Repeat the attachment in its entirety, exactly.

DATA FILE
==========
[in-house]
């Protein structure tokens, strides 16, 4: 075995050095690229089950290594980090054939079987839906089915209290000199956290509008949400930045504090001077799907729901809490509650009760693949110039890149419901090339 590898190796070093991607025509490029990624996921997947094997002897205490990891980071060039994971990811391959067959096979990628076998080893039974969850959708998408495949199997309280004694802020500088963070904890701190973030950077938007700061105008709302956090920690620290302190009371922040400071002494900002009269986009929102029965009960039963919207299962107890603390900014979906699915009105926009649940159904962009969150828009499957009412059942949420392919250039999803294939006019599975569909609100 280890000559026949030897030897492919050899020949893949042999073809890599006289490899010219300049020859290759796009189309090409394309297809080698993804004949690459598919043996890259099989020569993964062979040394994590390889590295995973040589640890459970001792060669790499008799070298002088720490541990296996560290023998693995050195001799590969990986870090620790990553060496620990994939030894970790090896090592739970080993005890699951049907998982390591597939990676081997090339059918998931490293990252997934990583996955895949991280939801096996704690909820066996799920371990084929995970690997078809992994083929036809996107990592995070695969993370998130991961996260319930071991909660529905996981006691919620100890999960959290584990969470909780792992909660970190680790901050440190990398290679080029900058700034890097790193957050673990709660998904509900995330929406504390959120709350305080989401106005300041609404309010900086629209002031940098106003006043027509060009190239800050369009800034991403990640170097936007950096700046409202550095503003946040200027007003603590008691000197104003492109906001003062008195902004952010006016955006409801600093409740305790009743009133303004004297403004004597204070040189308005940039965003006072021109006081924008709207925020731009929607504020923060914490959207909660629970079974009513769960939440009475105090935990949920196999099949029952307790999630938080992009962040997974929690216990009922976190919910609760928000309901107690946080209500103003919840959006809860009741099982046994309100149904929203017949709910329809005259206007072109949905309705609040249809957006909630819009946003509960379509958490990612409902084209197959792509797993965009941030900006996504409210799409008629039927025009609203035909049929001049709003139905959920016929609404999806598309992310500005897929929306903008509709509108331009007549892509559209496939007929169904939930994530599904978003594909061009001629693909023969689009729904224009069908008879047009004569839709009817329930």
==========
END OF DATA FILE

[in-house]
């Protein structure tokens, strides 16, 4: 075995050095690229089950290594980090054939079987839906089915209290000199956290509008949400930045504090001077799907729901809490509650009760693949110039890149419901090339 590898190796070093991607025509490029990624996921997947094997002897205490990891980071060039994971990811391959067959096979990628076998080893039974969850959708998408495949199997309280004694802020500088963070904890701190973030950077938007700061105008709302956090920690620290302190009371922040400071002494900002009269986009929102029965009960039963919207299962107890603390900014979906699915009105926009649940159904962009969150828009499957009412059942949420392919250039999803294939006019599975569909609100 280890000559026949030897030897492919050899020949893949042999073809890599006289490899010219300049020859290759796009189309090409394309297809080698993804004949690459598919043996890259099989020569993964062979040394994590390889590295995973040589640890459970001792060669790499008799070298002088720490541990296996560290023998693995050195001799590969990986870090620790990553060496620990994939030894970790090896090592739970080993005890699951049907998982390591597939990676081997090339059918998931490293990252997934990583996955895949991280939801096996704690909820066996799920371990084929995970690997078809992994083929036809996107990592995070695969993370998130991961996260319930071991909660529905996981006691919620100890999960959290584990969470909780792992909660970190680790901050440190990398290679080029900058700034890097790193957050673990709660998904509900995330929406504390959120709350305080989401106005300041609404309010900086629209002031940098106003006043027509060009190239800050369009800034991403990640170097936007950096700046409202550095503003946040200027007003603590008691000197104003492109906001003062008195902004952010006016955006409801600093409740305790009743009133303004004297403004004597204070040189308005940039965003006072021109006081924008709207925020731009929607504020923060914490959207909660629970079974009513769960939440009475105090935990949920196999099949029952307790999630938080992009962040997974929690216990009922976190919910609760928000309901107690946080209500103003919840959006809860009741099982046994309100149904929203017949709910329809005259206007072109949905309705609040249809957006909630819009946003509960379509958490990612409902084209197959792509797993965009941030900006996504409210799409008629039927025009609203035909049929001049709003139905959920016929609404999806598309992310500005897929929306903008509709509108331009007549892509559209496939007929169904939930994530599904978003594909061009001629693909023969689009729904224009069908008879047009004569839709009817329930």